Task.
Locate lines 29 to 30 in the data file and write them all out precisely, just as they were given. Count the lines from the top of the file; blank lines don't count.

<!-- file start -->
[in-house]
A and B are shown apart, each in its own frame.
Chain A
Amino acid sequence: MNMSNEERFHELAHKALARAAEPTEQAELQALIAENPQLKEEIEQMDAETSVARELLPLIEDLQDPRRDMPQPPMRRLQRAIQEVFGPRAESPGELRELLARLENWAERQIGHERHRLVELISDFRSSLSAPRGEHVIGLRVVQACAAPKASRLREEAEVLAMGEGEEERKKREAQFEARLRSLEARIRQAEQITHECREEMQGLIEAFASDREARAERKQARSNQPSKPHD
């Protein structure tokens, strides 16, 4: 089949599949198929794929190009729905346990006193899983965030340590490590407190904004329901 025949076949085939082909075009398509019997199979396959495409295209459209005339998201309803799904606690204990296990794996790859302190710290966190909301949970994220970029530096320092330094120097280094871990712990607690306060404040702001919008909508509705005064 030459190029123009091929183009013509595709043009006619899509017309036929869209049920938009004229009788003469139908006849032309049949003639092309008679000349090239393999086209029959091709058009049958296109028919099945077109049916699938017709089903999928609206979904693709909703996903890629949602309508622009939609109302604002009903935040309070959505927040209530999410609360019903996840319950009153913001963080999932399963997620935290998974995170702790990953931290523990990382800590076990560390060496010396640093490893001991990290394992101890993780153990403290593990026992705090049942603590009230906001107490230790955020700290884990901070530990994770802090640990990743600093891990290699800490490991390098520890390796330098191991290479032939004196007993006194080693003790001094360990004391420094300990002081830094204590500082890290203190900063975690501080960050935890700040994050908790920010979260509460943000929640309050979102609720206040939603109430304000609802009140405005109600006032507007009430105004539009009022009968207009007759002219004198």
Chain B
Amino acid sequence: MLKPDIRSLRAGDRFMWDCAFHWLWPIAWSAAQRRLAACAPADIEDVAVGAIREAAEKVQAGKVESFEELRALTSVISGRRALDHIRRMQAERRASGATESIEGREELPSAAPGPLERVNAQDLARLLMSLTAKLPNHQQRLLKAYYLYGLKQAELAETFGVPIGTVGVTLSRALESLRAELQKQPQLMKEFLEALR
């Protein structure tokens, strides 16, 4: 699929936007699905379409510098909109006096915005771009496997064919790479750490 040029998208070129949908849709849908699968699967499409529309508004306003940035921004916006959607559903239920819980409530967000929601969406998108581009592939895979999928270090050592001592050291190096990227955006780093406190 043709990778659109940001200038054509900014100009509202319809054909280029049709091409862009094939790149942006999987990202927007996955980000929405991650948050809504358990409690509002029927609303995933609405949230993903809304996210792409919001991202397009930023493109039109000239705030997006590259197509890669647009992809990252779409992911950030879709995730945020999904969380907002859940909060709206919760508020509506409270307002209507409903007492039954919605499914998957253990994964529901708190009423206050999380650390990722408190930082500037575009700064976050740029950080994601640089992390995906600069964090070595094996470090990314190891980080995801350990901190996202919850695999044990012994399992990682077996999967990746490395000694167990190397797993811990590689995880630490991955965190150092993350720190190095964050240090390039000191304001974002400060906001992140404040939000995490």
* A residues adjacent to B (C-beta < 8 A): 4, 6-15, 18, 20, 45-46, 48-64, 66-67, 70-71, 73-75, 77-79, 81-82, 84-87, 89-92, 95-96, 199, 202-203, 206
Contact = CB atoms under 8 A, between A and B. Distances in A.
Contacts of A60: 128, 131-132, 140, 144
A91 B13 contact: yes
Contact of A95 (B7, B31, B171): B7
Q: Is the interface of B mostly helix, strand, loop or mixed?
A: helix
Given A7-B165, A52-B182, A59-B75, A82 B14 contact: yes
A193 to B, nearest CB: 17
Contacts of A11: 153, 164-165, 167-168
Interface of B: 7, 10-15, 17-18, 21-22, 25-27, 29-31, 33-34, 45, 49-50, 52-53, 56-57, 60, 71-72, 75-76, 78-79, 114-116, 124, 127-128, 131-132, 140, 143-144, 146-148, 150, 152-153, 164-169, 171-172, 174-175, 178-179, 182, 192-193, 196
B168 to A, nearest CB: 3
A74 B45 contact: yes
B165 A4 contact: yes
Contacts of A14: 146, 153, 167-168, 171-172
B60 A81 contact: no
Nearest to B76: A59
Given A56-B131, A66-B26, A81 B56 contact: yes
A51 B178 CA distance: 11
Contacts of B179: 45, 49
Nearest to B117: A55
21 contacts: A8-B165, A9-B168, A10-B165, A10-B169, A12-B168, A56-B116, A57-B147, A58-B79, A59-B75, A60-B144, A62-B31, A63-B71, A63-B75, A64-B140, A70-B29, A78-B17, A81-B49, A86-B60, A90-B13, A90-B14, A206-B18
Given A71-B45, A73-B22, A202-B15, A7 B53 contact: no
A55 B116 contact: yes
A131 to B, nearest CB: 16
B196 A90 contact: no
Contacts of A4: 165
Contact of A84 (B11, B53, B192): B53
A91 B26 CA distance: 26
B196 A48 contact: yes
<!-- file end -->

Nearest to B117: A55
21 contacts: A8-B165, A9-B168, A10-B165, A10-B169, A12-B168, A56-B116, A57-B147, A58-B79, A59-B75, A60-B144, A62-B31, A63-B71, A63-B75, A64-B140, A70-B29, A78-B17, A81-B49, A86-B60, A90-B13, A90-B14, A206-B18